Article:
Froch's rocky road to recognition
Joe Calzaghe, before he swapped his boxing boots for dancing pumps and went from the Fred Astaire of the canvas to the R2-D2 of the ballroom, would often opine that he'd missed the bandwagon, that if he'd been around to test his skills against a prime Chris Eubank, Nigel Benn and Steve Collins, then no-one would have had the gall to question his greatness.
Having been forced to sit through his performances to date on Strictly, it is doubtful he feels the same way about missing the vintage mid-Noughties era of Gough, Dawson and Ramprakash, that legendary triumvirate of the lacquered floorboard.
But in refusing to cave in to Carl Froch's increasingly shrill demands for a match-up in the twilight of his career, Welshman Calzaghe unwittingly (or wittingly?) transferred his frustrations to the Nottingham fighter, who remains criminally undervalued in his own country, despite his status as the WBC super-middleweight champion.
"I'm ready for anyone, even Joe Calzaghe if he can be bothered getting out of his armchair," said the 32-year-old Froch following his thrilling last-gasp stoppage of Jermain Taylor in April.
"Dirrell (left) has done most of the trash-talking in the build-up to the fight
Minutes after sealing victory over a former undisputed middleweight champion in the American's own backyard, and still Froch, consciously or otherwise, realised only victory over Calzaghe would deliver him the attention and respect of the wider British public.
On Saturday at the Trent FM Arena in Nottingham, Froch defends his title against 27-year-old American Andre Dirrell, a bronze medallist at the 2004 Olympics and the man who is fulfilling the role of 'dark horse' in the innovative Super Six tournament masterminded by American broadcaster Showtime.
Froch's promoter Mick Hennessy has complained "broadcasters should be rugby tackling us" to screen his charge's fights, but they're not biting. His ding-dong with Taylor was streamed on the internet, his match with Dirrell is on fledgling satellite channel Primetime.
And having finally accepted that Calzaghe will not be providing a leg-up to greatness, Froch is hoping Dirrell will be the first step on the path to the recognition he and others in the fight game feel he deserves.
The Super Six concept is that rare thing, a triumph of common sense and concord in boxing. The negotiation phase must have made 12 Angry Men look as fractious as the judging process at an unusually-shaped vegetable competition, but somehow the managers of the six participating fighters rose above any differences and came up trumps.
The tournament is set to last two years and involves all six combatants fighting three times in a round-robin format before the top four go through to the semi-final stage and then the final. Who goes through to the semi-finals will be decided on points, with three points awarded for a knockout victory, two for a decision and one for a draw.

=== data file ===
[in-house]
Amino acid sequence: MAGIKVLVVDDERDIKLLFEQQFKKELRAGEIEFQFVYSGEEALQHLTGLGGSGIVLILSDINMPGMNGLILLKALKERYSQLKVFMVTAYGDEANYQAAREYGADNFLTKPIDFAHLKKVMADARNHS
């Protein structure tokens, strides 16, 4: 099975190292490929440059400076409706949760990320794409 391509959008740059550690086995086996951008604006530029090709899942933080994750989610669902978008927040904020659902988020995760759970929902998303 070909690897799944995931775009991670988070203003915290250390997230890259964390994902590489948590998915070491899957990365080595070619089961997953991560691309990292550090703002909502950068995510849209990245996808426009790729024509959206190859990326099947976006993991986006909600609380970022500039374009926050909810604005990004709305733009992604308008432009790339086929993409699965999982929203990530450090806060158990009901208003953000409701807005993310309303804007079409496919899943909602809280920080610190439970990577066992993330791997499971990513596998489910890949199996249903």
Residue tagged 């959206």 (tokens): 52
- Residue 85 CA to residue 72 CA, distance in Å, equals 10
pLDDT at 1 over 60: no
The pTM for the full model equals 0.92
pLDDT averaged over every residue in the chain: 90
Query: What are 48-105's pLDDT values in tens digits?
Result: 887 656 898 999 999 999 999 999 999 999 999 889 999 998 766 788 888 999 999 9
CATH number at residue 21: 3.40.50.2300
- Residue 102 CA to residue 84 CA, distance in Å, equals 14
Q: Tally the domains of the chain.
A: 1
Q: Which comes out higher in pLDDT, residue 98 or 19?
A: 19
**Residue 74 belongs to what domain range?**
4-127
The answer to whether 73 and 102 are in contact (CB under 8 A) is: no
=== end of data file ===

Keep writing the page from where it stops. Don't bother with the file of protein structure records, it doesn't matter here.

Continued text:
The fact a fighter can advance to the semi-finals with a loss on his record provides a safety net, but, to look at it another way, it also negates the dire consequences of a blemish on the record, the bete noire of the modern boxer. Top marks for a knockout should also ensure exciting fights.
Those responsible for the format deserve a pat on the back, and you don't often say that about those in charge of the sport. Just don't pat them too hard: not being used to it, they may think they've been shot.
Similar has been tried before, most recently in 2001, when Bernard Hopkins defeated Felix Trinidad in the final of a four-man, single elimination middleweight tournament which was the brainchild of Don King.
Hopkins' victory left no-one in any doubt as to who the main man in the middleweight division was and set him on the path to greatness. And it provided what is so often missing from boxing and what boxing fans crave more than anything: clarity.
With six men throwing a combined 163-4-1 record into the ring, with three world champions (Froch, WBA title-holder Mikkel Kessler and IBF middleweight champion Arthur Abraham) and two undefeated Olympic medallists (Dirrell and Andre Ward) in the mix, no-one should be in any doubt as to who the best super-middleweight in the world is when all is said and done.
The second part of Saturday's Super Six double-header will be Taylor v Abraham in Berlin, but it's Kessler, who opens up against Ward on 21 November, who is favourite to be last man standing.
Kessler gave Calzaghe one of his toughest fights in 2007, and perhaps only in defeating the Dane in the tournament final will Froch score himself onto the nations' consciousness.
Dirrell, who is unbeaten in 18 fights with 13 knockouts, will pose problems with his speed, as Taylor did for most of his encounter with Froch.
But Froch has a sturdy beard, hits hard and, as he proved in defeating Jean Pascal in 2008 to claim his world title and stopping Taylor with just 14 seconds to go when behind on the scorecards, has perhaps the biggest heart of any British fighter since Eubank.
Froch is right to be frustrated. He should be a household name, only the vagaries of his sport decree that he isn't. But you never know, victory in the Super Six might just budge "Old Joe" from his armchair and send him scurrying under the stairs for his boxing boots again.